For many, May was not a kind month. Nepal was coping with the shocks and aftershocks of a horrific earthquake. Residents of Baltimore were terrified and saddened by the events following Freddie Grey’s death. Several of my friends faced frustrating health setbacks and devastating losses of family members. Vice President Joe Biden lost a second child, this time to cancer.
In the immediate wake of tragedy, sometimes all you can do to put the right foot in front of the left. And so, that is what I spent the month of May doing: walking to, or walking from work at least three times each week over the course of the month. (Reliably, I forgot to turn on Map My Walk until halfway through the walk, so I’m also providing a screenshot from my Fitbit monthly stats for proof of challenge completion).
As I walked to and fro this month, I listened to stories, as I often do. Three in particular resonated with me as I thought about cancer, sadness, loss, and life. One is very short–in the form of a Radiolab podcast with Oliver Sacks, an incredible author who I had the privilege to meet in college, when I was a teaching assistant for a class on medical writing and was teaching his book, The Man Who Mistook His Wife for A Hat. In the second part of this two-part podcast (listen to both: the first story is incredible too), he speaks about loves lost, the color indigo, and making the most of his life with a terminal cancer diagnosis. I highly recommend listening to this episode.
The second, also a podcast, caught me off guard. Love + Radio presented a beautiful story called The Living Room, told by an apartment neighbor who happened to have a direct window view into the lives of a beautiful young couple. I don’t want to ruin it for you, but I highly recommend listening with tissues nearby.
The third was the audiobook version of Cancer: The Emperor of All Maladies, a book I have dragged around from apartment to apartment for years, but found daunting to read. While watching the PBS special with friends in April with friends, it occurred to me to listen to it during my May challenge. As I put my right foot in front of my left 286,647 times this month, I learned so much about the history of this insidious, devastating disease that continues to claim the lives of far too many loved ones. It was fascinating to hear about the development of the drugs that I had taken twenty years ago: cisplatin, adriamycin, & methotrexate. It was humbling to hear the frustration of brilliant scientists and dedicated advocates, as they struggled to understand and find a way to humanly treat its victims. I always want a happy ending to a long story, but in this case, the story instead must end with hope and a resolve to continue putting the right foot in front of the left and persevering, however we can.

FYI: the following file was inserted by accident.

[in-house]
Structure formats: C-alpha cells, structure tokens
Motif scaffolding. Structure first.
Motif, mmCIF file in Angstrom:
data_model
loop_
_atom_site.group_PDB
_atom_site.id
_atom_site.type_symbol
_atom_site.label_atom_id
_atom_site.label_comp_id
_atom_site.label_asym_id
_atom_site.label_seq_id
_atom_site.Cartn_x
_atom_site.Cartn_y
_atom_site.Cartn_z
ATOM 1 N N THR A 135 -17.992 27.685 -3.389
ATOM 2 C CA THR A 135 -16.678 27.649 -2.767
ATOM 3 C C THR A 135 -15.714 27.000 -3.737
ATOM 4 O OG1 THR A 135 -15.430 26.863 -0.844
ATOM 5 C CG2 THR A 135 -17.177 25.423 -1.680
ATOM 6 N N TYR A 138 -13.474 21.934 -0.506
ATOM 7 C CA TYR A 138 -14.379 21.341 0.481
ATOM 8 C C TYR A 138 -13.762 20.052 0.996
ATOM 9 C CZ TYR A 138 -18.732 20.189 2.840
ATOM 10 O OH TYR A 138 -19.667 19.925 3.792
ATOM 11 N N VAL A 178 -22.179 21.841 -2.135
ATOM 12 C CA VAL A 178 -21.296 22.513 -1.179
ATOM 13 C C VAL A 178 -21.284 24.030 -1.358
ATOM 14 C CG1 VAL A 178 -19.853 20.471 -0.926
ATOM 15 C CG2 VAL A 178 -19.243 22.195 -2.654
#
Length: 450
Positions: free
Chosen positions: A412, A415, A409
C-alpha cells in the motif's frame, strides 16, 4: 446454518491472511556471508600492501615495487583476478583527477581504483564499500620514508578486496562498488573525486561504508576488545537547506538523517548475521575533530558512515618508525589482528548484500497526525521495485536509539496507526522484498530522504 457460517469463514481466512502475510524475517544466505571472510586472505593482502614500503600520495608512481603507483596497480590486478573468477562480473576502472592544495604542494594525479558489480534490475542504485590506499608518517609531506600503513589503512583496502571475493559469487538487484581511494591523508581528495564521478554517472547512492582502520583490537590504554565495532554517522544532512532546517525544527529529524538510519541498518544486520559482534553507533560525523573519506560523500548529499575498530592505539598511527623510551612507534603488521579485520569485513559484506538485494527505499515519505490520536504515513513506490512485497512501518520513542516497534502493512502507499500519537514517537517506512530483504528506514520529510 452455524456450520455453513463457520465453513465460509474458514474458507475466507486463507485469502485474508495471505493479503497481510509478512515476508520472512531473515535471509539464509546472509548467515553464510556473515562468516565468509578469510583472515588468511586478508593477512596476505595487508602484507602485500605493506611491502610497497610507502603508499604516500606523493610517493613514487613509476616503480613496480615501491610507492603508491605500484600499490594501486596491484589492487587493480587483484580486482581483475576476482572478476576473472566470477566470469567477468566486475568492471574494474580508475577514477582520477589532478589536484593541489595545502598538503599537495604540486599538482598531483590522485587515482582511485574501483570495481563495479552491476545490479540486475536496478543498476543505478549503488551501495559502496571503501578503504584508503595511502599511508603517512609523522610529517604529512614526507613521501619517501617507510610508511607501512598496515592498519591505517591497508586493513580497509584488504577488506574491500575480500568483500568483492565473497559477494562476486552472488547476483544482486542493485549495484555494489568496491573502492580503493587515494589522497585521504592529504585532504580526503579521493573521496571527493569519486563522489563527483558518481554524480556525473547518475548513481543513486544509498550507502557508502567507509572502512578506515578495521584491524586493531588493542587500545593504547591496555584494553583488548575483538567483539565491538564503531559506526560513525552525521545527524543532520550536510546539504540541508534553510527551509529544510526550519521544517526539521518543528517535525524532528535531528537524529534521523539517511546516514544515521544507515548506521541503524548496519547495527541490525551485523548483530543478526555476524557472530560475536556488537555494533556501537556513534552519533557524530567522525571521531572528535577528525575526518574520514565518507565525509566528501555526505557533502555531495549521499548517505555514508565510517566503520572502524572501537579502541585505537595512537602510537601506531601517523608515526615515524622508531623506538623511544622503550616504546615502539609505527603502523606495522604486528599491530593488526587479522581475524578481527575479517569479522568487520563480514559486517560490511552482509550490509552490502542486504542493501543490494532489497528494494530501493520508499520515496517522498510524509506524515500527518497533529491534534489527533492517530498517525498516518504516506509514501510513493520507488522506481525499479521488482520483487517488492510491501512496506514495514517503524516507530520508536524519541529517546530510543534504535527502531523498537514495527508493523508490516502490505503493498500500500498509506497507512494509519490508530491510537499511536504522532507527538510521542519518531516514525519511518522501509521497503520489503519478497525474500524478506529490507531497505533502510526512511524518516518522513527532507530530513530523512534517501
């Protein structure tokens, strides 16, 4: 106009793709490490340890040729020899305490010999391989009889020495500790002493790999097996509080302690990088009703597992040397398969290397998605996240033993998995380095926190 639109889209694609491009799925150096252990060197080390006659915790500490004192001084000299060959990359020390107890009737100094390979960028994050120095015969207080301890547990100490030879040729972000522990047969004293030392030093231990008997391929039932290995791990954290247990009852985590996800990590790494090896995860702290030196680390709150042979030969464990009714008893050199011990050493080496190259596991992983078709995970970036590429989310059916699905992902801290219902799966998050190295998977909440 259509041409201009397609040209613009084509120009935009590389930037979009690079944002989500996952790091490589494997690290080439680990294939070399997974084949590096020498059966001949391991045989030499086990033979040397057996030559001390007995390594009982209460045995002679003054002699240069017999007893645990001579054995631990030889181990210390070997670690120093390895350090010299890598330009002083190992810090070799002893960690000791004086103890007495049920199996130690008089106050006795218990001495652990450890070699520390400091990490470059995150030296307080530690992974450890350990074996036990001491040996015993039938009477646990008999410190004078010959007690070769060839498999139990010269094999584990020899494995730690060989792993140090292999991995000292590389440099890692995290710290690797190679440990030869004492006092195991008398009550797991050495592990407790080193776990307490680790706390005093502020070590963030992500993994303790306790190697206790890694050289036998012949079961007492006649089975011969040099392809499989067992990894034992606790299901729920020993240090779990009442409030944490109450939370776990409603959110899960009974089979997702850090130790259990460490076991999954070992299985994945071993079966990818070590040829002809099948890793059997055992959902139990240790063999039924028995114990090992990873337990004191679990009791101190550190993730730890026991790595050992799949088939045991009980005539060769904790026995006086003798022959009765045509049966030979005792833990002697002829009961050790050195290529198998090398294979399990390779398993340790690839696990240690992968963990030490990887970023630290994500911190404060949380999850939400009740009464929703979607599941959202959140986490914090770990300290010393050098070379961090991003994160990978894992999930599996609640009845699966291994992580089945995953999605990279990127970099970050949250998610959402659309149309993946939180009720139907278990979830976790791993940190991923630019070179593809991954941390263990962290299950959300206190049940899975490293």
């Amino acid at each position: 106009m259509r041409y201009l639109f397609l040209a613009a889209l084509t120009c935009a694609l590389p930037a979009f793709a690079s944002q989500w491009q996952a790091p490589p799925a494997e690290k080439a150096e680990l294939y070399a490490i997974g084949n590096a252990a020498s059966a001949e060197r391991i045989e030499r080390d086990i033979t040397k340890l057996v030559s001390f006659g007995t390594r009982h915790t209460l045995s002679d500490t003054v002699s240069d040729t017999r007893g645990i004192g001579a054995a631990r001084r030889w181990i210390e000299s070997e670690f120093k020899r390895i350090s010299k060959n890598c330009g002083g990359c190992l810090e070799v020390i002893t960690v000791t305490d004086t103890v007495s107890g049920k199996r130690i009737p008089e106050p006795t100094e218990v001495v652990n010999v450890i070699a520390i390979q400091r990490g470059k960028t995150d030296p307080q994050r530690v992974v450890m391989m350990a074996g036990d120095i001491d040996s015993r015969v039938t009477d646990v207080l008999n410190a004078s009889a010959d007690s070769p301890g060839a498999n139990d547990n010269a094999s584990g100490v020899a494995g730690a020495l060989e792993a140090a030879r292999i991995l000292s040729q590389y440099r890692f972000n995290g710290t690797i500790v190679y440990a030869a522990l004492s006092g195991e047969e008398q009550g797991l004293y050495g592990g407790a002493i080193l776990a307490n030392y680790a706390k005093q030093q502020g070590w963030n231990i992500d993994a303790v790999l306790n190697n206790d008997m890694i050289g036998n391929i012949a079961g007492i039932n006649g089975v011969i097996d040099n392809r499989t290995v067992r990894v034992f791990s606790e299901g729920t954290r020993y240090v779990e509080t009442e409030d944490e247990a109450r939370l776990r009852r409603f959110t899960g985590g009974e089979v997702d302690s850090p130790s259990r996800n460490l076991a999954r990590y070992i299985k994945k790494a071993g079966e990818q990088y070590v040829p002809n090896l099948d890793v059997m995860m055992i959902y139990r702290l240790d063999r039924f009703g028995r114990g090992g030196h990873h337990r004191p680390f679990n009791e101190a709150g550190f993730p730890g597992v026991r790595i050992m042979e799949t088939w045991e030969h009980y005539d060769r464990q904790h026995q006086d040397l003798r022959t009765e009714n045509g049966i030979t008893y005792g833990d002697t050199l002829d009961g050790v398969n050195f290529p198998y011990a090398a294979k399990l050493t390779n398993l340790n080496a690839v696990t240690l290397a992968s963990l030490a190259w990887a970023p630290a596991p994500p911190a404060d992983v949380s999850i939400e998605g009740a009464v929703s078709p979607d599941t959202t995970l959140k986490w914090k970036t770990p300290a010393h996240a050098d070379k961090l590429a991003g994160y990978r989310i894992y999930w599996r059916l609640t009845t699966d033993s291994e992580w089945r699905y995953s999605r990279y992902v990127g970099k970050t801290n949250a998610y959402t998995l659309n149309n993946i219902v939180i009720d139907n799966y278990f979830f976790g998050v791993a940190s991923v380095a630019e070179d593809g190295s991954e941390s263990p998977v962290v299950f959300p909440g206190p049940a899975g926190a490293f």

There are so many wonderful organizations out there working hard to prevent cancer, find better treatments for cancer, and improve the lives of those who have cancer, and helping those who have lost loved ones to cancer. First Descents fits into that third camp, and they are a team of tremendously generous and wonderful people, specializing in hope and perseverance. It is for them that I am doing these monthly challenges. $1000 sends a young adult to camp, and I’m 25% of the way there. After the month we’ve all had, I can understand wanting to donate to any of the thousands of charities doing incredible work, but I hope you’ll consider this one too: https://support.firstdescents.org/fundraise?fcid=437815
June Challenge: Starting tomorrow, I’m getting back in the pool. My goal is to swim at least 40,000 yards over the course of June, and my least favorite Super PAC stands to benefit if I don’t. I will donate $1 for every mile swum this month (1760 yards = 1 mile); will you match me?